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While it is true that IVF maximizes a patient's chance of conceiving quickly, the sad fact is that IVF has become very complex today. Normally, as a technology matures, it usually becomes simpler and easier to implement, but this has not been true with IVF, especially the way it is done in most IVF clinics in the USA today.
IVF in most fertility clinics is very regimented and protocol driven. IVF treatment is usually supervised by nurses who often apply cookbook protocols mindlessly to all their patients. This means that they are not able to adapt the protocols to an individual patient's needs, so that while the "average" patient does reasonably well in most fertility clinics, "difficult" patients fare poorly.
Since there is so little involvement of the doctor in the IVF cycle, IVF clinics have devised a complex series of steps which all IVF patients need to go through, to ensure that the nurses do not "miss" anything out. The doctor then simply needs to check that these steps have been performed by the nurses , so that no one is really applying their mind to each individual patient's response.
Typically, an IVF cycle involves:
- A long list of tests prior to starting an IVF cycle. Most of these tests are of no use whatsoever, because they do not affect the treatment or its outcome. However, they all need to be performed mindlessly, because "that's the way we do things here" ! No one has ever bothered to evaluate whether these tests are useful or cost effective, so they continue to be done "routinely" for all patients. To add insult to injury, most fertility clinics will not accept results from non-US labs or clinics, so patients are forced to repeat all their tests again - a sad drain of resources and energy.
- Most fertility clinics follow a long protocol for superovulation. Often patients are pre-treated with a month of birth control pills; and then downregulated with lupron which starts from the month prior to the actual IVF cycle. This often means that a typical IVF cycle takes over 6-8 weeks to complete !
- During the IVF cycle, patients are subjected to daily blood tests. While most IVF doctors will privately agree that most of these tests are just a waste of time, it's become a "ritual" to do them on a daily basis - and no one is willing to question this holy cow. While ordering these tests on a selective basis can be useful in some patients, there really is no justification to use patients as a pin-cushion and to do them daily.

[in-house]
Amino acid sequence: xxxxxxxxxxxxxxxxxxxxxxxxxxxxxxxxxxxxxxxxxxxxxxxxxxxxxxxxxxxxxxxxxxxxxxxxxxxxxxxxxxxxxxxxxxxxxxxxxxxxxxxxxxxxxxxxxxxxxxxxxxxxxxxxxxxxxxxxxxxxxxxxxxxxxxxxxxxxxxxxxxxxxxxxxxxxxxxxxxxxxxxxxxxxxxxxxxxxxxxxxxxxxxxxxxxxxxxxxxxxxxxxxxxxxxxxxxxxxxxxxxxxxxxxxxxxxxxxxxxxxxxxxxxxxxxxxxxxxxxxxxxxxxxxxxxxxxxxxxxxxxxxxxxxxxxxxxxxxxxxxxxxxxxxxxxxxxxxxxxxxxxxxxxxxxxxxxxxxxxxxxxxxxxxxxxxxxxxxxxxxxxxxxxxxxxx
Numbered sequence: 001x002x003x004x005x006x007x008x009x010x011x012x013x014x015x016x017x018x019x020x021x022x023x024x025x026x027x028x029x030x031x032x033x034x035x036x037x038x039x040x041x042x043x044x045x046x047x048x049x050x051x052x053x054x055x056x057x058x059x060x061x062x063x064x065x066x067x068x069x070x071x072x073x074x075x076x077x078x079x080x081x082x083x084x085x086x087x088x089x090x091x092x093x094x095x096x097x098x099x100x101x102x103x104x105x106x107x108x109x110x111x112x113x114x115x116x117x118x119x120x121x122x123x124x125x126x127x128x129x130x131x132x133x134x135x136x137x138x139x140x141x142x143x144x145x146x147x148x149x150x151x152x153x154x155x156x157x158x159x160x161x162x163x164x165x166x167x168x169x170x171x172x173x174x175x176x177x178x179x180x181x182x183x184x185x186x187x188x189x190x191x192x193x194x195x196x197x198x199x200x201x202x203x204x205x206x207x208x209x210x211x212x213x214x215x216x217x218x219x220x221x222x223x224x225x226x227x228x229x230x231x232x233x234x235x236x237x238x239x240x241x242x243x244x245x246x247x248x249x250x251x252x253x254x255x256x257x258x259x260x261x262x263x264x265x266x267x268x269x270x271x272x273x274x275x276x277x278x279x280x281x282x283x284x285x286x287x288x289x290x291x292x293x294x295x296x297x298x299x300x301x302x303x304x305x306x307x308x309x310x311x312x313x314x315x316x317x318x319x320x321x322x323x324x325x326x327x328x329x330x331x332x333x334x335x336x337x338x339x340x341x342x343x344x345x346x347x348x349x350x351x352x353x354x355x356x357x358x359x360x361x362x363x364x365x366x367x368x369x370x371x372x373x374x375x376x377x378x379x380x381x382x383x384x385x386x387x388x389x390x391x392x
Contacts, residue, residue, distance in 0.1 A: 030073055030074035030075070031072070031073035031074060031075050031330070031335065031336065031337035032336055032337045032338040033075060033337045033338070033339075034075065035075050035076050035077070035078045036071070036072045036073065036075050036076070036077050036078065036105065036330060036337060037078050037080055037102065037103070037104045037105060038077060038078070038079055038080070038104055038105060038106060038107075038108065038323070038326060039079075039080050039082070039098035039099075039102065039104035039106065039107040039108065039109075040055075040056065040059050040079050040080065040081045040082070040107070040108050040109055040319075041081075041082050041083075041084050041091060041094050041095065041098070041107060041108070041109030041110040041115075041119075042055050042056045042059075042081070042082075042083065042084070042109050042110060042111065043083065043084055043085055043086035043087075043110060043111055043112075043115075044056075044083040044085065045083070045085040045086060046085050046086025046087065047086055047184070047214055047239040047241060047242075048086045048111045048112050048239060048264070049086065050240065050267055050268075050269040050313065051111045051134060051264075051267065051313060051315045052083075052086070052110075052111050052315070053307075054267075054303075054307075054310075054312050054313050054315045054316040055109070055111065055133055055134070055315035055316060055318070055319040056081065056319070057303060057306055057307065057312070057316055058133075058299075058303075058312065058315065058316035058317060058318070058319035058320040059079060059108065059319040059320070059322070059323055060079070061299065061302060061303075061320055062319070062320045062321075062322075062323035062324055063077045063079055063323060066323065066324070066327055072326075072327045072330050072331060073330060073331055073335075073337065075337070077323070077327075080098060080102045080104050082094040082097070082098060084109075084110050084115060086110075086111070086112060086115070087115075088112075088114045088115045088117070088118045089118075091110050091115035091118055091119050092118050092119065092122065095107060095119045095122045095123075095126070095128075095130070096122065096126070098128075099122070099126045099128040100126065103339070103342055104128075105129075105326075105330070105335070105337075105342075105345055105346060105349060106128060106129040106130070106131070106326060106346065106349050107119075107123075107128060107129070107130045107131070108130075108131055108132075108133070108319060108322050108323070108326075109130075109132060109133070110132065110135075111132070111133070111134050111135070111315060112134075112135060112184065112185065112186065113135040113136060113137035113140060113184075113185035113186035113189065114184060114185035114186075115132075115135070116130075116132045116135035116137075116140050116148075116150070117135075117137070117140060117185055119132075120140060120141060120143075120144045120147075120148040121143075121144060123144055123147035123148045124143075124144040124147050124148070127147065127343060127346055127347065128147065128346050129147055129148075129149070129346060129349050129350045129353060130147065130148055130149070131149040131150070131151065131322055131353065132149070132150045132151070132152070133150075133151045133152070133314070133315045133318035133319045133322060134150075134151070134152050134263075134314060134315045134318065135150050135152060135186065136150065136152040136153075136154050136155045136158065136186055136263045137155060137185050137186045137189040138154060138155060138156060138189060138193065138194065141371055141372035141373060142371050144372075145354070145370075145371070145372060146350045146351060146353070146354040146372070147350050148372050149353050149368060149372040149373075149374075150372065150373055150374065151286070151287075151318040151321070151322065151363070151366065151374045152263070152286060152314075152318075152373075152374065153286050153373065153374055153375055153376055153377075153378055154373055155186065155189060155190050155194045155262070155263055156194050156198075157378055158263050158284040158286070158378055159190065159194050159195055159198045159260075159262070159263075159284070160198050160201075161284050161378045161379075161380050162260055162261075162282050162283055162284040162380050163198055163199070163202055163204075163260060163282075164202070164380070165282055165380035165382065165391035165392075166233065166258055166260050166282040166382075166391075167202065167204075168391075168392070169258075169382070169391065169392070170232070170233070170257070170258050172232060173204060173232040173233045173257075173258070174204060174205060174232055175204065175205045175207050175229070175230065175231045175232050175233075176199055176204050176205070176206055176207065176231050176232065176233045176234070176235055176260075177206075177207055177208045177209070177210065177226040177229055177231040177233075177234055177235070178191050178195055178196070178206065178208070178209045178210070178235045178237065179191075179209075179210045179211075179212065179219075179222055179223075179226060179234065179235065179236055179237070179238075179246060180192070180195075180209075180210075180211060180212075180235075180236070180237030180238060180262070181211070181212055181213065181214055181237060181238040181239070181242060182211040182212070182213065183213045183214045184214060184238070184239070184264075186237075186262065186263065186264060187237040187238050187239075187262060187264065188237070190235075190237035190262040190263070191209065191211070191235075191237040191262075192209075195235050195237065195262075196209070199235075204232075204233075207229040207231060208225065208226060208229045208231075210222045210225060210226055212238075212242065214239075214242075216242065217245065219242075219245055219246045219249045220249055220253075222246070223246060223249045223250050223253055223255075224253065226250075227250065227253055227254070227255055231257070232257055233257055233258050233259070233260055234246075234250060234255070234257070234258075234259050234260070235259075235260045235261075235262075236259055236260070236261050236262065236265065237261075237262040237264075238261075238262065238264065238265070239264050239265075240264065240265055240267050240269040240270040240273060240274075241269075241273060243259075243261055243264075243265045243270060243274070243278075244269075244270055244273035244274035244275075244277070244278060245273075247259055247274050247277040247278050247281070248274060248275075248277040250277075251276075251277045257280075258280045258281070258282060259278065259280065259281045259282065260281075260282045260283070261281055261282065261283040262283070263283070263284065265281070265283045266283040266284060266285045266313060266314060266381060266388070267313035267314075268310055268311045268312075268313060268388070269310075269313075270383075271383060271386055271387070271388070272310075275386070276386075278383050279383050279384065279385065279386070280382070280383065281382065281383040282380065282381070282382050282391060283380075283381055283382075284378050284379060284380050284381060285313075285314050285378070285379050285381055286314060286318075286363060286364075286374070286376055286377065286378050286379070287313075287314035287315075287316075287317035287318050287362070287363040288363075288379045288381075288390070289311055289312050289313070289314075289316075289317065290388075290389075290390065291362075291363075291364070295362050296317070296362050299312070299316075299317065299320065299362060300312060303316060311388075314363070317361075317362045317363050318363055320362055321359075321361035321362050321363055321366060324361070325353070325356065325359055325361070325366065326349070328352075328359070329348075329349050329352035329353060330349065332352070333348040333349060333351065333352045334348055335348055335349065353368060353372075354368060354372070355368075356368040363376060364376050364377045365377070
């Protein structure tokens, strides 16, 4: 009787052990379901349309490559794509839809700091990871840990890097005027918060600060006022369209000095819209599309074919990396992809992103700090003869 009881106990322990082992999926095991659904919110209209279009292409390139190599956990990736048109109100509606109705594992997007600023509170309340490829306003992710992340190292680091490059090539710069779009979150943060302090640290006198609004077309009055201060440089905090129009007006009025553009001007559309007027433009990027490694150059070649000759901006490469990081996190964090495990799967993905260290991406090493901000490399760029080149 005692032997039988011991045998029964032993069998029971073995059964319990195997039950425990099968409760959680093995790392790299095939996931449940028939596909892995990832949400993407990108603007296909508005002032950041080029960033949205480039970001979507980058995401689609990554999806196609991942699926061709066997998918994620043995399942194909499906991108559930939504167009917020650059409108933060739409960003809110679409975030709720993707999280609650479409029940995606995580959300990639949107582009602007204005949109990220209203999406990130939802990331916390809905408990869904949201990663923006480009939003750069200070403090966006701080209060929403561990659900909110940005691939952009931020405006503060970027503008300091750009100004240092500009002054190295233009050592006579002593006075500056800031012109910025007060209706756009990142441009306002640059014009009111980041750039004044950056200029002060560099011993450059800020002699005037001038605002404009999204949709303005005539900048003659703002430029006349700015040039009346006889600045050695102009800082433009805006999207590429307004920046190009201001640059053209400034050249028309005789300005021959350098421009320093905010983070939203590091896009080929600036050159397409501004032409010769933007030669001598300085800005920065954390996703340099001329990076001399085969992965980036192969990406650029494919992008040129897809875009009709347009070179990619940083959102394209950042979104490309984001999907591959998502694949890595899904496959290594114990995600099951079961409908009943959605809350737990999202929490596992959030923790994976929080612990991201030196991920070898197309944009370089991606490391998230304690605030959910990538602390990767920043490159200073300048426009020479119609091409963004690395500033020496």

This often means that each IVF cycle usually ends up taking 2 months, and often drains a patient emotionally ( and financially). It's bad enough being infertile, but going through IVF in most fertility clinics just adds to the stress. However, keeping the treatment complex helps doctors in the US to justify the abnormally high fees they charge - over four times as much as comparable clinics in India !
There is a major need to simplify IVF, to make it more patient friendly. Fortunately, some clinics in Europe have kept an open mind, and have pioneered this approach, with excellent pregnancy rates.
This is the simplified protocol we have used successfully for over 12 years
- The only tests we need prior to IVF are tests to check the quality of the eggs , sperm and uterus. This means we need only the following:
- We use the short protocol for downregulation, which means all IVF treatment starts from Day 1 of the cycle
- We monitor egg maturation with the help of vaginal ultrasound scans. Since we do it ourselves, it's easy to correlate scan results with the treatment given, and to modify the treatment accordingly. We do not do any blood tests during the IVF cycle.
- We provide luteal phase support with progesterone suppositories. We do not give the painful injections of progesterone after transfer, because there are much less effective than vaginal progesterone
This means our IVF treatment protocol is easy, simple, less stressful, with a high pregnancy rate, and is much more patient-friendly and more repeatable .
However, it does needs a full-time dedicated IVF doctor who does nothing else. This is the reason it's not popular in the USA, where doctors are too busy doing other things; or share duties on a rota system, which means that a patient very rarely sees the same doctor a second time.
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